Executive Summary

A.R. Kovscek, Stanford University

This is my first issue as Executive Editor of SPE Journal. I would like to begin by acknowledging the tenure of Dean Oliver who served in this position from 2005 until this past October. Under Dean’s leadership, the number and quality of fundamental papers published in SPE Journal increased and the scope has broadened to embrace the full range of topics relevant to the petroleum engineering community. Dean has left his imprint on the journal, and his positive impact will be difficult to replicate. He has not truly left the journal, however, because he has agreed to continue to serve in the role of an associate editor.

While the other journals published by the SPE are specialized and center on a particular field of interest,SPE Journal features articles that span the breadth of the petroleum engineering discipline. It is in our charter, so to speak, to provide a forum for publication of the results from engineering science research. Technology application, as favored today in the petroleum industry, is built upon engineering science, and it is in this sense that I believe SPE Journal is foundational to the industry. As you look back on the articles published previously in SPE Journal, you see the underpinnings of the technology that is being applied today or is under development.

For example, this issue of SPE Journal contains several articles on numerical algorithms and results from pore-scale calculations of transport properties. SPE has published many articles on the estimation of rock properties using pore network and other pore-level models, beginning with the pioneering work of Irving Fatt in 1956. Of course, the topic has evolved significantly since then and has benefitted from improved computational speed and the ability to characterize the pore structure of rocks using, for example, X-ray computed tomography and thin sections. Although significant research remains to be conducted, it is gratifying to see pore-level modeling move into engineering practice. At least two companies now provide digital core analysis and transport property prediction services from cores or cuttings on a routine basis. Expanding the knowledge base through fundamental research clearly benefitted this nascent component of the petroleum industry.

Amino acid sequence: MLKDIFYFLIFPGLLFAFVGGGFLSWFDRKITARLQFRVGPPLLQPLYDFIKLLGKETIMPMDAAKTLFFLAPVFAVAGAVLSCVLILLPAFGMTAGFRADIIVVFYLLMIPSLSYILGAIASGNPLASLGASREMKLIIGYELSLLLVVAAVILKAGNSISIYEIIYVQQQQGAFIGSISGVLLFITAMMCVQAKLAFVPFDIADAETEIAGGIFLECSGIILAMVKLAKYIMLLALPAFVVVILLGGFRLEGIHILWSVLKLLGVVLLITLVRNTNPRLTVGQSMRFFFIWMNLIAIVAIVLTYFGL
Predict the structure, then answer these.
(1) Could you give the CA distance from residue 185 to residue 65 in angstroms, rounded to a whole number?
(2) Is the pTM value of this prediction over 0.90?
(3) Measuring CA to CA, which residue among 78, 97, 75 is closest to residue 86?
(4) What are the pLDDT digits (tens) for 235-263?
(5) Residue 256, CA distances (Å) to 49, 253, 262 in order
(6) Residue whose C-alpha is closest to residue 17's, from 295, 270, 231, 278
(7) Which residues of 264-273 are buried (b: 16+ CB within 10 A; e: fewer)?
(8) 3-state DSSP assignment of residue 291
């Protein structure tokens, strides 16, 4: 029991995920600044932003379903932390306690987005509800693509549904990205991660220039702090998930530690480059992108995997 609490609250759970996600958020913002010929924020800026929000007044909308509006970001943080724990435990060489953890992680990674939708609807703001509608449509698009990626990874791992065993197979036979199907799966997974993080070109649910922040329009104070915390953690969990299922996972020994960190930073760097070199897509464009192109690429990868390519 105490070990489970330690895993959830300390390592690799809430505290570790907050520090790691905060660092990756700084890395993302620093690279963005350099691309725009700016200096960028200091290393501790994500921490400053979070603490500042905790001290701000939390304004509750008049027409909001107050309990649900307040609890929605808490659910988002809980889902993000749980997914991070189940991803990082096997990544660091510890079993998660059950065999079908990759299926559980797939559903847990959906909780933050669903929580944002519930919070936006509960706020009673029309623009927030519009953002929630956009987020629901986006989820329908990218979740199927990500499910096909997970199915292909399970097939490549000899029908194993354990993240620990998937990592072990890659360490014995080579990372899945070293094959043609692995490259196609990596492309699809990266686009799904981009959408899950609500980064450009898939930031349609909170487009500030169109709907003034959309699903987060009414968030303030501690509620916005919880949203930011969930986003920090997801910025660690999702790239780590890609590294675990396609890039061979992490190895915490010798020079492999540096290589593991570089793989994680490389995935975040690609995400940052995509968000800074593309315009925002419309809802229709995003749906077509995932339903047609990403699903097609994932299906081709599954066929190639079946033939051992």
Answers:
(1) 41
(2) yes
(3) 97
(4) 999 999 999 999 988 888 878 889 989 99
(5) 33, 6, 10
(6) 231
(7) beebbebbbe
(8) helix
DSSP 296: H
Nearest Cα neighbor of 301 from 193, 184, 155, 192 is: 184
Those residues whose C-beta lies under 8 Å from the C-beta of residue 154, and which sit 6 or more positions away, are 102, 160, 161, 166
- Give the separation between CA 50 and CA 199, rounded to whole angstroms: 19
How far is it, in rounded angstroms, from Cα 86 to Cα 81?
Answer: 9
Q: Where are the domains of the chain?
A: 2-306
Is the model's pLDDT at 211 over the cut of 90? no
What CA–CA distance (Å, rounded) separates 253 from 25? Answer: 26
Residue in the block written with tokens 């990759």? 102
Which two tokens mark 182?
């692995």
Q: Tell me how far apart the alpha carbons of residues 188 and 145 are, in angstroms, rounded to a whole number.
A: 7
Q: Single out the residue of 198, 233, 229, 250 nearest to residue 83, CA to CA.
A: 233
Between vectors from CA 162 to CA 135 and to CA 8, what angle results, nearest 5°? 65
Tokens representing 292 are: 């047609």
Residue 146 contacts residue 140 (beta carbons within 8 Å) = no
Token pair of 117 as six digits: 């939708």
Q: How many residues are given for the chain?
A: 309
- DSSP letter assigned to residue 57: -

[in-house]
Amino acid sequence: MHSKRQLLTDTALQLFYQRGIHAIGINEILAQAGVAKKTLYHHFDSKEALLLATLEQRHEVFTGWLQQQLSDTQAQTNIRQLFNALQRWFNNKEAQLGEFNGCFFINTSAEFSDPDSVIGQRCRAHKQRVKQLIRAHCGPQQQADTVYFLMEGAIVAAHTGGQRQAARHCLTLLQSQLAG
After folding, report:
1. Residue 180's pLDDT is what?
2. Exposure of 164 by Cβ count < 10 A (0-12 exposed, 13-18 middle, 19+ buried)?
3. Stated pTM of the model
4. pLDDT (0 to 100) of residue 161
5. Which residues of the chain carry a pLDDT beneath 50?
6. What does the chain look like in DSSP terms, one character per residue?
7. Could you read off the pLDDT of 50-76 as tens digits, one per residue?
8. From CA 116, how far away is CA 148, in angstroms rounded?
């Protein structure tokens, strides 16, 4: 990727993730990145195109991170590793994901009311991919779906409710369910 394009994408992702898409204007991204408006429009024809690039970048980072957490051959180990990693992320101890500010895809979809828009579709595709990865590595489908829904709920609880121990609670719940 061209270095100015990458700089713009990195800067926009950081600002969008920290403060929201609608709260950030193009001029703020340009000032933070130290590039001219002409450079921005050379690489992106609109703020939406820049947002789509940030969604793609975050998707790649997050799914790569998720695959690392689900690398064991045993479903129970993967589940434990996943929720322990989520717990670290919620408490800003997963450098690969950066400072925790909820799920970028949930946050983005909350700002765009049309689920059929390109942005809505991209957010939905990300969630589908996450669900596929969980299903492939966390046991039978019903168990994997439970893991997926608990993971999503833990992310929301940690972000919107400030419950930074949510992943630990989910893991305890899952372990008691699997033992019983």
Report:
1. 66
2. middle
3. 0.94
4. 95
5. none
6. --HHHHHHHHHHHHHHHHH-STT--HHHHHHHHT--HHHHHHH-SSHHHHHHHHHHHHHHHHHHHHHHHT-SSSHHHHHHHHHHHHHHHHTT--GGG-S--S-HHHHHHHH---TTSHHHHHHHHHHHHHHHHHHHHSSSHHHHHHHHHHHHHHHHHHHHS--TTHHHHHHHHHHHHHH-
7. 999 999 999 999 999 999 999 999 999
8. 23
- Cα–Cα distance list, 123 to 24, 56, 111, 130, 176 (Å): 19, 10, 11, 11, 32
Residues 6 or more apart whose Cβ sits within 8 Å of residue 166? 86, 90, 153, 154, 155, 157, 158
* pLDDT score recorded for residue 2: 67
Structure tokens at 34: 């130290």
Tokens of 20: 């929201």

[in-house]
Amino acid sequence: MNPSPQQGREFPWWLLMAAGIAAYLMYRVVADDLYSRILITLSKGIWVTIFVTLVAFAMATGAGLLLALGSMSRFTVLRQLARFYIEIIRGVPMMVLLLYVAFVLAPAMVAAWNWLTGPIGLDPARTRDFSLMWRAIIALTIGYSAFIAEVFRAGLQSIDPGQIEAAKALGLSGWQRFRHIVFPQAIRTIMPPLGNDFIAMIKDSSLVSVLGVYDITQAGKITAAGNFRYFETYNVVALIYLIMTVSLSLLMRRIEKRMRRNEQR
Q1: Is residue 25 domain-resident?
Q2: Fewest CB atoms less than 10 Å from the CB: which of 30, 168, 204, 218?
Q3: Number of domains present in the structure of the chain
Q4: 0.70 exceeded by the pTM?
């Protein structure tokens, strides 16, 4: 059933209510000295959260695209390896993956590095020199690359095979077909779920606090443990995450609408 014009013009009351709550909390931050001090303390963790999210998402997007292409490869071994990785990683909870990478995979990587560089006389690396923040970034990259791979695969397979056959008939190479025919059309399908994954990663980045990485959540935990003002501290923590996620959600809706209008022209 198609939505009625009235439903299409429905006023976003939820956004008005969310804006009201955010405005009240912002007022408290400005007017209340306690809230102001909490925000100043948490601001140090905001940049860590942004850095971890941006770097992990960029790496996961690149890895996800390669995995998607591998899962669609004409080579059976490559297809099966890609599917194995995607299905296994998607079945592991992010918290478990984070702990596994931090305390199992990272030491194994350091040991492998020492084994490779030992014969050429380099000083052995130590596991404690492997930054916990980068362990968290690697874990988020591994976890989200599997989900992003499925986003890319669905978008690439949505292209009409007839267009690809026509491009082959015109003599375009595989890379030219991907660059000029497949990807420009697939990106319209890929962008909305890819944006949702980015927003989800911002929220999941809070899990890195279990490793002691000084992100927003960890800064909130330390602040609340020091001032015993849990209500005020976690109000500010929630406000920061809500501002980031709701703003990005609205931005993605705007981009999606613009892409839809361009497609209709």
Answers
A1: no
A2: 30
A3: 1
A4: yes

The other articles published in this issue speak to the depth and breadth of investigations published in SPE Journal. I have categorized the 24 articles here roughly into areas of (1) single and multiphase flow in porous media, (2) oilfield chemistry, (3) optimization and uncertainty quantification, (4) well productivity and its improvement, and (5) varied topics. The last category features the diverse nature of petroleum engineering. Articles discuss seismic inversion constraints as related to fine-scale flow models, gridding to improve the coupling of flow and geomechanics in numerical simulations, the production potential of natural gas hydrates, and the buckling of pipe in horizontal wells. I hope that you enjoy the issue.

Finally, we welcome Josephine Schembre-McCabe of Chevron Energy Technology Company as an associate editor for SPE Journal.